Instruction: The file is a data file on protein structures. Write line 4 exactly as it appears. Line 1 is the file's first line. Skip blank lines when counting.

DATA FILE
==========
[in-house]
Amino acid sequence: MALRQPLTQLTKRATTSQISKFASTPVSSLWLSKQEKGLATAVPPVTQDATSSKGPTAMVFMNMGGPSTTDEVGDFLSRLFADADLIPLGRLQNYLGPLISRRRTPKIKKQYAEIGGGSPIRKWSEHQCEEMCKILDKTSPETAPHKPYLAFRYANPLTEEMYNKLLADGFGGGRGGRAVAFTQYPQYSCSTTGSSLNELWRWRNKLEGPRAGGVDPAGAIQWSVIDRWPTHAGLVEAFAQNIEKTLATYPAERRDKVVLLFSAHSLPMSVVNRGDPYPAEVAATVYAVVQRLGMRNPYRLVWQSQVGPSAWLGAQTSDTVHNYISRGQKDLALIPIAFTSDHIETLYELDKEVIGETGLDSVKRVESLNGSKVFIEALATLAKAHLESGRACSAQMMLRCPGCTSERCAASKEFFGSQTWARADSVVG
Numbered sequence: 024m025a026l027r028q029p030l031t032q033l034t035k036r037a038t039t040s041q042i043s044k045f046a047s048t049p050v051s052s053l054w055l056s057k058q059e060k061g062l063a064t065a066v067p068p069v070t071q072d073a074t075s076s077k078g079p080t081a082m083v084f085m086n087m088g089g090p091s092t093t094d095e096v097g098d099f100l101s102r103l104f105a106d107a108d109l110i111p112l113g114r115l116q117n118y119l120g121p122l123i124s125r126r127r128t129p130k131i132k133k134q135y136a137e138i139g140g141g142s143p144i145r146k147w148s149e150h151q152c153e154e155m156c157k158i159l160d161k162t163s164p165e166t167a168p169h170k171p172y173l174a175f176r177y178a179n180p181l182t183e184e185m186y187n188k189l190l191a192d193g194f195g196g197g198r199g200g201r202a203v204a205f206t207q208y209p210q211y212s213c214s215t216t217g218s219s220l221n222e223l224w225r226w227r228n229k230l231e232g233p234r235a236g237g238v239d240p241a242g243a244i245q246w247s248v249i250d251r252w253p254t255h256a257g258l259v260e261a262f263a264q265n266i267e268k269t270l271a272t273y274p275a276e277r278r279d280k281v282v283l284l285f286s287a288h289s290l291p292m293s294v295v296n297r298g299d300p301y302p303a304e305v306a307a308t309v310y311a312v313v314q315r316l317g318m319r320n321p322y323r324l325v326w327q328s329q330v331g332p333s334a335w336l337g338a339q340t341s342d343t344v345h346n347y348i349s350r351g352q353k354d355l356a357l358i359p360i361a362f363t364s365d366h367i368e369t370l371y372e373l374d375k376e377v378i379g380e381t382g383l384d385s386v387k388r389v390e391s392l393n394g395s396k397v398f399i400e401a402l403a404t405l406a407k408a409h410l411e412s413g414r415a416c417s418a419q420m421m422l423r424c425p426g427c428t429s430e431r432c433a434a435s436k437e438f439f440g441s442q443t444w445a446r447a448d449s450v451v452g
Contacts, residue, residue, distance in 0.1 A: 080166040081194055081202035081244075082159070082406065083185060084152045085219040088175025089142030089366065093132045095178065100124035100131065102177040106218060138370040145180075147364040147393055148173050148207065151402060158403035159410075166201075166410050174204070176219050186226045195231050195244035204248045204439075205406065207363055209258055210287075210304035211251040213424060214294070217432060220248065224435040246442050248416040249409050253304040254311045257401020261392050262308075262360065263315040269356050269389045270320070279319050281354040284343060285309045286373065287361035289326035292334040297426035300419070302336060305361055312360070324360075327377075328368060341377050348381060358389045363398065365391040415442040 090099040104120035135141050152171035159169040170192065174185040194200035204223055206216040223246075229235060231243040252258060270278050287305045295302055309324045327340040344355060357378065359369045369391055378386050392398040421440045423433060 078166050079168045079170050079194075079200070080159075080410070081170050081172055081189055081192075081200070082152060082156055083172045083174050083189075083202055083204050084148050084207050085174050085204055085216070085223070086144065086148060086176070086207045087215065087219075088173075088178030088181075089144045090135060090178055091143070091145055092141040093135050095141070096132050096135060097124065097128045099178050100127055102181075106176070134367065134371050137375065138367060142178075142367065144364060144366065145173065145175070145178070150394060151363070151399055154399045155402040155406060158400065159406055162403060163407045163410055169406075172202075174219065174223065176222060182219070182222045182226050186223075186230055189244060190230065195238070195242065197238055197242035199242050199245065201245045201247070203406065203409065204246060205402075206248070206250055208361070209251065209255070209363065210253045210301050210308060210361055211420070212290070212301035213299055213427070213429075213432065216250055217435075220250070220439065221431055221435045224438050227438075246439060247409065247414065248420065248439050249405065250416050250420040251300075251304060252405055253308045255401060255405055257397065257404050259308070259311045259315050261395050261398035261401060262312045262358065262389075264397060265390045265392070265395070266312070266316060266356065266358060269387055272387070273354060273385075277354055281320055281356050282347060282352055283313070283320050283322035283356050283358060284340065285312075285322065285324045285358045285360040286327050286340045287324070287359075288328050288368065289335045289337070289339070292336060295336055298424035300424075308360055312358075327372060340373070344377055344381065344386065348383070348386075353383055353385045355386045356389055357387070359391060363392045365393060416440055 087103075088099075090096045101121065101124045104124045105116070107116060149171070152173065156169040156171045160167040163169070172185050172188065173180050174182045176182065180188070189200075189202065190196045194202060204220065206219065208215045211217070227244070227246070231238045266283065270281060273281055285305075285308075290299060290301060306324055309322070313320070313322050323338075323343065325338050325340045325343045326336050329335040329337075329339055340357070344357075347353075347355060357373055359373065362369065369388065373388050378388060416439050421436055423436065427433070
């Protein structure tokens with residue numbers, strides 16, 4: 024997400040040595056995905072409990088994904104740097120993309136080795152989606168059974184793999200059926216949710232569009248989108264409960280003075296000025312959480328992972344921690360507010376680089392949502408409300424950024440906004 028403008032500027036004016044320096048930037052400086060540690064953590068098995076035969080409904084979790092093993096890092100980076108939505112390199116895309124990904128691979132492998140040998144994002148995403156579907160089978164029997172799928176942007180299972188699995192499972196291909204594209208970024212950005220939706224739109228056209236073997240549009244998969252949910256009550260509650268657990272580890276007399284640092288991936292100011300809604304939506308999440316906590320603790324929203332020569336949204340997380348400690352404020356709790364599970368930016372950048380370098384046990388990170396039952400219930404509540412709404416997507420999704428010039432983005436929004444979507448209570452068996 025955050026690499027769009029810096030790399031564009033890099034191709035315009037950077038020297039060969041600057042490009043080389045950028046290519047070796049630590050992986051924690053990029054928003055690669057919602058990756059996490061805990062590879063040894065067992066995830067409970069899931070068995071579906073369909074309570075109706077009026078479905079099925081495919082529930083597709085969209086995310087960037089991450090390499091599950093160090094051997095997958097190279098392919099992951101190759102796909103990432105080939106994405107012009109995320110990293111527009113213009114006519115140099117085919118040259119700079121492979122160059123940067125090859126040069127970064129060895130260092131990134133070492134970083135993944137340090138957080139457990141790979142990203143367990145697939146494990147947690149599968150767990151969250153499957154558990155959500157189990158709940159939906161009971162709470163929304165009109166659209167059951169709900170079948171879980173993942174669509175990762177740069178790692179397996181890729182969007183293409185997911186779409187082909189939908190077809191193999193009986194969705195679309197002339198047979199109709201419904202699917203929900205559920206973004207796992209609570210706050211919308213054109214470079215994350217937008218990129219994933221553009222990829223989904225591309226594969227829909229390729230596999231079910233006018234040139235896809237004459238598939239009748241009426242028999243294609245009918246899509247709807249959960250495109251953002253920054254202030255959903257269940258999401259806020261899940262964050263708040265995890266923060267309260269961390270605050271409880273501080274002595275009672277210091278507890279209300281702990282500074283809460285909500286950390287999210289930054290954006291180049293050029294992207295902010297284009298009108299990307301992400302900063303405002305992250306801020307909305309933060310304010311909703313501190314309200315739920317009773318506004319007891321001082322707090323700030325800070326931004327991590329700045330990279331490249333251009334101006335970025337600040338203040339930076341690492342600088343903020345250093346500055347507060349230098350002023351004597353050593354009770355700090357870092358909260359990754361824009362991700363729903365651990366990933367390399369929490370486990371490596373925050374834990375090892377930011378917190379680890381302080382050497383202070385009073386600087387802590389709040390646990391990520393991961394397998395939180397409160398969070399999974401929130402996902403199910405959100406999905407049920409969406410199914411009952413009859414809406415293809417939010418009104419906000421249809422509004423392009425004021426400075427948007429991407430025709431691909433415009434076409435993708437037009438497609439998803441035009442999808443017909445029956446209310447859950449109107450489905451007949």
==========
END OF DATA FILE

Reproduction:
Contacts, residue, residue, distance in 0.1 A: 080166040081194055081202035081244075082159070082406065083185060084152045085219040088175025089142030089366065093132045095178065100124035100131065102177040106218060138370040145180075147364040147393055148173050148207065151402060158403035159410075166201075166410050174204070176219050186226045195231050195244035204248045204439075205406065207363055209258055210287075210304035211251040213424060214294070217432060220248065224435040246442050248416040249409050253304040254311045257401020261392050262308075262360065263315040269356050269389045270320070279319050281354040284343060285309045286373065287361035289326035292334040297426035300419070302336060305361055312360070324360075327377075328368060341377050348381060358389045363398065365391040415442040 090099040104120035135141050152171035159169040170192065174185040194200035204223055206216040223246075229235060231243040252258060270278050287305045295302055309324045327340040344355060357378065359369045369391055378386050392398040421440045423433060 078166050079168045079170050079194075079200070080159075080410070081170050081172055081189055081192075081200070082152060082156055083172045083174050083189075083202055083204050084148050084207050085174050085204055085216070085223070086144065086148060086176070086207045087215065087219075088173075088178030088181075089144045090135060090178055091143070091145055092141040093135050095141070096132050096135060097124065097128045099178050100127055102181075106176070134367065134371050137375065138367060142178075142367065144364060144366065145173065145175070145178070150394060151363070151399055154399045155402040155406060158400065159406055162403060163407045163410055169406075172202075174219065174223065176222060182219070182222045182226050186223075186230055189244060190230065195238070195242065197238055197242035199242050199245065201245045201247070203406065203409065204246060205402075206248070206250055208361070209251065209255070209363065210253045210301050210308060210361055211420070212290070212301035213299055213427070213429075213432065216250055217435075220250070220439065221431055221435045224438050227438075246439060247409065247414065248420065248439050249405065250416050250420040251300075251304060252405055253308045255401060255405055257397065257404050259308070259311045259315050261395050261398035261401060262312045262358065262389075264397060265390045265392070265395070266312070266316060266356065266358060269387055272387070273354060273385075277354055281320055281356050282347060282352055283313070283320050283322035283356050283358060284340065285312075285322065285324045285358045285360040286327050286340045287324070287359075288328050288368065289335045289337070289339070292336060295336055298424035300424075308360055312358075327372060340373070344377055344381065344386065348383070348386075353383055353385045355386045356389055357387070359391060363392045365393060416440055 087103075088099075090096045101121065101124045104124045105116070107116060149171070152173065156169040156171045160167040163169070172185050172188065173180050174182045176182065180188070189200075189202065190196045194202060204220065206219065208215045211217070227244070227246070231238045266283065270281060273281055285305075285308075290299060290301060306324055309322070313320070313322050323338075323343065325338050325340045325343045326336050329335040329337075329339055340357070344357075347353075347355060357373055359373065362369065369388065373388050378388060416439050421436055423436065427433070